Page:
Cash Transfers before Pregnancy and Infant Health

Recognition Program

Open Access       

Authors: Libertad González and Sofia Trommlerová

Journal of Health Economics, Vol. 83, May, 2022

We estimate the impact of a cash transfer targeting new mothers on their subsequent children's health outcomes at birth. We exploit the unexpected introduction of a generous, universal child benefit in Spain in 2007. Using population-wide, individual-level, high-quality administrative data from birth records and a regression discontinuity approach, we find that women who received the benefit were much less likely to have low-birth-weight children in the future (while their subsequent fertility was unaffected). The overall effect is driven by poor women, unmarried women, and women with low education, and by births taking place relatively soon after the benefit receipt. The €2500 transfer led to a 0.7 percentage-point decline in the fraction of children born under 1500 g in poorer households in the following five years, an 83% reduction. We explore the underlying channels, and find evidence supporting faster intrauterine growth, possibly driven by better maternal health, nutrition, and behaviors. Gestation length, family structure, and parental employment do not seem to play a role. Recent research suggests that targeting pregnant women may be more effective than later interventions (such as cash transfers to families with children), given the strong persistence of fetal health effects. Our results suggest that the impact may be stronger if women are targeted even earlier, before conception.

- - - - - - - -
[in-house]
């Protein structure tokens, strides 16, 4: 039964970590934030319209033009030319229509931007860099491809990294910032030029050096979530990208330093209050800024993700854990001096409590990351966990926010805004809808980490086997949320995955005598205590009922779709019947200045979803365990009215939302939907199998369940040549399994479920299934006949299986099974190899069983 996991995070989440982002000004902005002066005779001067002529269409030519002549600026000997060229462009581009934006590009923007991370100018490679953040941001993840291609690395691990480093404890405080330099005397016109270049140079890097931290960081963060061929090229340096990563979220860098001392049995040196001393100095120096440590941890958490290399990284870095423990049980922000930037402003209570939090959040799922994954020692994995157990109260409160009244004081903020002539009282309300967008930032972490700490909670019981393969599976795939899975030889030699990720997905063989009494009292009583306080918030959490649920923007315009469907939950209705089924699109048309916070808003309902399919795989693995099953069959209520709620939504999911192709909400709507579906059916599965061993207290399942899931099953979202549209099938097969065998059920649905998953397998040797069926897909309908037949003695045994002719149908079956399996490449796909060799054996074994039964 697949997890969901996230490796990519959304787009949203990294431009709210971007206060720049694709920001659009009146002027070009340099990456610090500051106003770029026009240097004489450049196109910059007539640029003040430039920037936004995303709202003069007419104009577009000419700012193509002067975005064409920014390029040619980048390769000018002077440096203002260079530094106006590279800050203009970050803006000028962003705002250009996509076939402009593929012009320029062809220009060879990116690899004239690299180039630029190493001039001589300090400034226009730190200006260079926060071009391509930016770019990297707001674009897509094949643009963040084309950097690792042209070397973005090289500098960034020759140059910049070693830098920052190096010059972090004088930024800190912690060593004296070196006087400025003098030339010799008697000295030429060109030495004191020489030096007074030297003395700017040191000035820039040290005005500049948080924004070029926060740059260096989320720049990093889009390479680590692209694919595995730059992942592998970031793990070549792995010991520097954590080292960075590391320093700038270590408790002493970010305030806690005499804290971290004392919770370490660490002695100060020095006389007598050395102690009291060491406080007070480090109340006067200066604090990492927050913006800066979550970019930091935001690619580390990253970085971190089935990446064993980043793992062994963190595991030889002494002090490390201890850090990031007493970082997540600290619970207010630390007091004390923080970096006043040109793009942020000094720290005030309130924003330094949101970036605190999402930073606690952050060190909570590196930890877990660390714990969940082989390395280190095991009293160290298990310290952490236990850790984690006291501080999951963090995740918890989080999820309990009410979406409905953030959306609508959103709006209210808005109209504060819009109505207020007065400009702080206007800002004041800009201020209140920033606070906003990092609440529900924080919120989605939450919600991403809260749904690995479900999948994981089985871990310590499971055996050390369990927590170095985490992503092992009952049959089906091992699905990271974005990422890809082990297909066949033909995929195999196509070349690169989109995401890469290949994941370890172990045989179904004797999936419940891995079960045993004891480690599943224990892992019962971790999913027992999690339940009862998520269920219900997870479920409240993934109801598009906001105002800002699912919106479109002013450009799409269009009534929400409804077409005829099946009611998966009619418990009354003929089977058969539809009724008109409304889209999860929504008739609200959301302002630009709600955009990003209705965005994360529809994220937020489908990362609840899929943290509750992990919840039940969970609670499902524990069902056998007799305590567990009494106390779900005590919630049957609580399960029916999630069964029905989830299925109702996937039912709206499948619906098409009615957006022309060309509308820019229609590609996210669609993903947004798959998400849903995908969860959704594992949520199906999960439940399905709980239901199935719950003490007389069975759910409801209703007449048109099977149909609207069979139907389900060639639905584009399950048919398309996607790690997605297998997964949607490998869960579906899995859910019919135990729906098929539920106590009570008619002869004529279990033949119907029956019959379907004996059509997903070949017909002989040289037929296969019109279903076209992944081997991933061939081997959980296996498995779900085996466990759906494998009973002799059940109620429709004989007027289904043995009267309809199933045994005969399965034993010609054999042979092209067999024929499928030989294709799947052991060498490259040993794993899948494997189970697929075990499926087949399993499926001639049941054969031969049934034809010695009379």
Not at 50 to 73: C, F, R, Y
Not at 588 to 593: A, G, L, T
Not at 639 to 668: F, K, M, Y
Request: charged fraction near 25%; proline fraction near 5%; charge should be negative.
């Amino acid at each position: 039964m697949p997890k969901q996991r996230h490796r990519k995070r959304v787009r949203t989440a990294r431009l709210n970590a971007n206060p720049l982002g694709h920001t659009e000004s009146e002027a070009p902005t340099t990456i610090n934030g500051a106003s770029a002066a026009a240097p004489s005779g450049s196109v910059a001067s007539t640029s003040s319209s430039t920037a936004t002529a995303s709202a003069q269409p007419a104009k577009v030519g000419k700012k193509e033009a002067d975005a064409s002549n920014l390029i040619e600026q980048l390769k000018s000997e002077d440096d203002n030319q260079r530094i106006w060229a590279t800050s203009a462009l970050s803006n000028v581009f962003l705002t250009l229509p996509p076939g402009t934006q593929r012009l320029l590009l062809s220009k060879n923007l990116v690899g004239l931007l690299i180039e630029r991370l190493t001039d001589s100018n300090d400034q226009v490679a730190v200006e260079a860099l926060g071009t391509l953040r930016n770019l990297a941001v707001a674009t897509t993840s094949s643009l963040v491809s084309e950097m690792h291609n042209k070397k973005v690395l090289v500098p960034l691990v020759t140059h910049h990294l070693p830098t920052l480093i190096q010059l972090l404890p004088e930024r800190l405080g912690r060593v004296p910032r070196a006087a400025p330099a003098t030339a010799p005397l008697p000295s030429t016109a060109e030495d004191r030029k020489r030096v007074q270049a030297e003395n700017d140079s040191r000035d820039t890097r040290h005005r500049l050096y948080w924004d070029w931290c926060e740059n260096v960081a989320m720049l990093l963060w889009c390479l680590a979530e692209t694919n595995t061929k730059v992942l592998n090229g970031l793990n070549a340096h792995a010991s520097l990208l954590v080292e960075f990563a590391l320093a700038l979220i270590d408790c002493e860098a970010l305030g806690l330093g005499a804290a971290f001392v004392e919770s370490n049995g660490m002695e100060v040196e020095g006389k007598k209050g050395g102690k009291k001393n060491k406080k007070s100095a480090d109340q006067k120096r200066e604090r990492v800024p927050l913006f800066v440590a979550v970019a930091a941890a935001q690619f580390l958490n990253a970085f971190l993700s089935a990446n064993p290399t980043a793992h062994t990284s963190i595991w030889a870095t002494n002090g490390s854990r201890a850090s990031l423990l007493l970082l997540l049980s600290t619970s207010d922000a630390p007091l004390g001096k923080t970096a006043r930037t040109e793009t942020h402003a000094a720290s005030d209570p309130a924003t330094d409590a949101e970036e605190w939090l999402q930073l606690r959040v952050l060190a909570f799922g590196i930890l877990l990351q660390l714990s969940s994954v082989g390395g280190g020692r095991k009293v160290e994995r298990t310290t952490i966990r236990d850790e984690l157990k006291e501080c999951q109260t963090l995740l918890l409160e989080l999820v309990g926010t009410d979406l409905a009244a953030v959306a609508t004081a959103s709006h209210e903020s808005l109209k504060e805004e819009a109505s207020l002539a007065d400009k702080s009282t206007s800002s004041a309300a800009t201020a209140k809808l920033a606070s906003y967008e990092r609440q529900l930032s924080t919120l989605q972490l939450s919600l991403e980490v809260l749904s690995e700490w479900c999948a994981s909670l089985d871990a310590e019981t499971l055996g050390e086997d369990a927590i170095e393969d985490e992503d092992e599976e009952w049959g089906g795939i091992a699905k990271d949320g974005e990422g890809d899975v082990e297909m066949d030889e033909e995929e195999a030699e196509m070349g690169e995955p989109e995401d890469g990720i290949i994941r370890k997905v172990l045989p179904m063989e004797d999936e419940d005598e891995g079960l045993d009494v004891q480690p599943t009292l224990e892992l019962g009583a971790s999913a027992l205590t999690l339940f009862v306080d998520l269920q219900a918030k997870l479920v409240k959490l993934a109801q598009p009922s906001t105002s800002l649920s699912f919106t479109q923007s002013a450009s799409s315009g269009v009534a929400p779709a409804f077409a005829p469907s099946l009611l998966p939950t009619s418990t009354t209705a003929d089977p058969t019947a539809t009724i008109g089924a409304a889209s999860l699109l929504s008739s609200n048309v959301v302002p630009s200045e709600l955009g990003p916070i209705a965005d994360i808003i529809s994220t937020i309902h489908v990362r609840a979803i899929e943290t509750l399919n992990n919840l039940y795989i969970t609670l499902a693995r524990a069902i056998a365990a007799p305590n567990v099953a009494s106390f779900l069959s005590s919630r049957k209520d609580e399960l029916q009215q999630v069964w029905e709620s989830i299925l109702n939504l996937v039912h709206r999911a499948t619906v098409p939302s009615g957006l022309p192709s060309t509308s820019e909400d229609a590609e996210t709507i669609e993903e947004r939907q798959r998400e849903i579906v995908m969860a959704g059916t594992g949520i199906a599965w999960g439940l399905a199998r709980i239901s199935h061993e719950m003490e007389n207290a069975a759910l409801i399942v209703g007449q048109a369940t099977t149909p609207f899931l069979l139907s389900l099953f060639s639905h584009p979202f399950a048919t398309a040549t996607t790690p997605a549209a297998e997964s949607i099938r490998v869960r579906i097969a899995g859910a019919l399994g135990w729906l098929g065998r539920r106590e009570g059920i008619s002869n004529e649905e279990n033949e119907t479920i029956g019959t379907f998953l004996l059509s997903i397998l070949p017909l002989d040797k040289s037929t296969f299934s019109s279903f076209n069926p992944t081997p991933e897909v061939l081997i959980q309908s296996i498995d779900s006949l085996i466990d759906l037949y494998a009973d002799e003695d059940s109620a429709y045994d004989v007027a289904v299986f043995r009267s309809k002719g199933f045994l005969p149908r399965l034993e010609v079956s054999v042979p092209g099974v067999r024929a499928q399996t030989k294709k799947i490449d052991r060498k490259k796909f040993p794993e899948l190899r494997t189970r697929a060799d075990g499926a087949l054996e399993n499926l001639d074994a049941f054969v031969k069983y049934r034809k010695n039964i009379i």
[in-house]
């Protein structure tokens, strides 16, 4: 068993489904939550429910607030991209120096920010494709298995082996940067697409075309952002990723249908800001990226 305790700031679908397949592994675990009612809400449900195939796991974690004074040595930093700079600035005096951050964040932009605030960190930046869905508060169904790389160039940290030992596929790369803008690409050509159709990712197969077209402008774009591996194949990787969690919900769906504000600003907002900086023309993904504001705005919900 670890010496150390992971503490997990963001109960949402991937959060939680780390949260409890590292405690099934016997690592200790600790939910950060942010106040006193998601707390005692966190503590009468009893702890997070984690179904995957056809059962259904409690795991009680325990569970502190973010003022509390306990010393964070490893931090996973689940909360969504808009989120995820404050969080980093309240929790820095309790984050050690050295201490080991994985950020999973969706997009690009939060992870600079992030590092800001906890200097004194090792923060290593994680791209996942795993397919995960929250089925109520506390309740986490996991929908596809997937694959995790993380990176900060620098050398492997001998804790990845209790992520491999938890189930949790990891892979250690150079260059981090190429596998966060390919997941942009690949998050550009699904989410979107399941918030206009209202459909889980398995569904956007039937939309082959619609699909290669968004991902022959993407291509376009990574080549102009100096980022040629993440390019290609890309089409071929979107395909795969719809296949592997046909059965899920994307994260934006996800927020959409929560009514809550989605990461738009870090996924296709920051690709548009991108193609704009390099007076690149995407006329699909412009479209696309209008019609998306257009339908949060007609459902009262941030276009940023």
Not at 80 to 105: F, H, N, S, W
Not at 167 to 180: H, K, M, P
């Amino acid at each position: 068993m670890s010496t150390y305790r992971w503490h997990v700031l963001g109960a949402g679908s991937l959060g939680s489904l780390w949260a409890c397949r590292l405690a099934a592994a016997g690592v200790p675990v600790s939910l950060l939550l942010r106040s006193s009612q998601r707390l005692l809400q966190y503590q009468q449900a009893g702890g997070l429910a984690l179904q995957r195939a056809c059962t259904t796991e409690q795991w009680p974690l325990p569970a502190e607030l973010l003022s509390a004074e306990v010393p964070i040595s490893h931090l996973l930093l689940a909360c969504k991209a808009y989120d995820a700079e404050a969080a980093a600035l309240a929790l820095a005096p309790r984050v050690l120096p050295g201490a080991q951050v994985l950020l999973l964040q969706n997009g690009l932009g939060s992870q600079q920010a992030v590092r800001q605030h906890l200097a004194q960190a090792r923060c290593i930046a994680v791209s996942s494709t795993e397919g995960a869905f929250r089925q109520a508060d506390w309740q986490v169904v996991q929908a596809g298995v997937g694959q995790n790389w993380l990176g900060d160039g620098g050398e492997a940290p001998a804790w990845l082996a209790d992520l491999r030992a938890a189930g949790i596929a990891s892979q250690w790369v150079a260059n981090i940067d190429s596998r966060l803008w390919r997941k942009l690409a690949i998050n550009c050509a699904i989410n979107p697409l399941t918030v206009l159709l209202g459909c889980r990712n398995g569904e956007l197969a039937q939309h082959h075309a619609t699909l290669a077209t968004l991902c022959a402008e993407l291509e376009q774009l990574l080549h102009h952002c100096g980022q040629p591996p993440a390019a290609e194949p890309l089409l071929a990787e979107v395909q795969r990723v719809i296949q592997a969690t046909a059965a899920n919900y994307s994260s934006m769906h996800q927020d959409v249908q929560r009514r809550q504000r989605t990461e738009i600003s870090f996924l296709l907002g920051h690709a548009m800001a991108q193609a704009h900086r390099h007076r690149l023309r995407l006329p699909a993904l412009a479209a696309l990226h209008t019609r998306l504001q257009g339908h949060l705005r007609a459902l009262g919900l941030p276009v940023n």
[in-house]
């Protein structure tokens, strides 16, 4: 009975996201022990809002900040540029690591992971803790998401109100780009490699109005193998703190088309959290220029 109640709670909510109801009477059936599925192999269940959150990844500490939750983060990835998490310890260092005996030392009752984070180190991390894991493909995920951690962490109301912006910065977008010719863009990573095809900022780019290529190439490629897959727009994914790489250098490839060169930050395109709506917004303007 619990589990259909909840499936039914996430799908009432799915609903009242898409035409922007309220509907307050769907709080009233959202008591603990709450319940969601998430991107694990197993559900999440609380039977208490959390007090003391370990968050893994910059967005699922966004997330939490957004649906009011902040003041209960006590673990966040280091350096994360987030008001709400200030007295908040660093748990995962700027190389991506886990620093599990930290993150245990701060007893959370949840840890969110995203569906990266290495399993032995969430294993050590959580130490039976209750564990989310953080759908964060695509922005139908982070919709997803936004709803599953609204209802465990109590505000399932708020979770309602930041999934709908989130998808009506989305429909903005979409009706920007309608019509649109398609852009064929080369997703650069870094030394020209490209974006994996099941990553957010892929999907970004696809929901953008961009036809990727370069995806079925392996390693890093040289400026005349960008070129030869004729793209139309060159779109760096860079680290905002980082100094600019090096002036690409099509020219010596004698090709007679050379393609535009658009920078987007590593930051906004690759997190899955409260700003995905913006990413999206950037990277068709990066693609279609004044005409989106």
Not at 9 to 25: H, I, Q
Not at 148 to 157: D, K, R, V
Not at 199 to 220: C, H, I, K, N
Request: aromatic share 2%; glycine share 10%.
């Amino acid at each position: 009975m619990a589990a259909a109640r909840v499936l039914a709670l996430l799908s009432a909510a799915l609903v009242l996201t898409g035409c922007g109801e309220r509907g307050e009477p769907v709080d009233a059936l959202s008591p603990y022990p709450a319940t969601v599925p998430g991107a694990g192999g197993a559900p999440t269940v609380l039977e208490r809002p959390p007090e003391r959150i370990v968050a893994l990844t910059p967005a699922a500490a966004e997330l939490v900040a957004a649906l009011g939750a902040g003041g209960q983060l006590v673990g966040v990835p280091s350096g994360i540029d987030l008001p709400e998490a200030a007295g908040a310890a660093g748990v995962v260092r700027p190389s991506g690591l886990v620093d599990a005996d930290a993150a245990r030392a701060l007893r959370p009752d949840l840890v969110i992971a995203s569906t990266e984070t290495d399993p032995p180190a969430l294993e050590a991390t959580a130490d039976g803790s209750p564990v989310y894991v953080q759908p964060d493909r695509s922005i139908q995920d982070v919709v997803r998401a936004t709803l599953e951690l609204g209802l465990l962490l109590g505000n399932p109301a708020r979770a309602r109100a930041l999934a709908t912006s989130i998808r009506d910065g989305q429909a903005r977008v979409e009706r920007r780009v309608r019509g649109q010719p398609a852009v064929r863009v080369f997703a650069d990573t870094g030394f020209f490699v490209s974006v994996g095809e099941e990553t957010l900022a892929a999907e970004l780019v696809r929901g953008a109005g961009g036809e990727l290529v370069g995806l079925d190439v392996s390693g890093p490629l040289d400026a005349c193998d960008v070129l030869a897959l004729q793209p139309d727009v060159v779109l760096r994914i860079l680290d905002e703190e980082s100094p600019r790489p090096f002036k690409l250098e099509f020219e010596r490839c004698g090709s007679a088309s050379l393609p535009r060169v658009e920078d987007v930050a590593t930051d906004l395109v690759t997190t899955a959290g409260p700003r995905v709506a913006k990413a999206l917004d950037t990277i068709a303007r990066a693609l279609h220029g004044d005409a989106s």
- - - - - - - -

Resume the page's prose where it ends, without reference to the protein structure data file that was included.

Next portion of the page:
This paper originally appeared as Barcelona School of Economics Working Paper 1261
This paper is acknowledged by the Barcelona School of Economics Recognition Program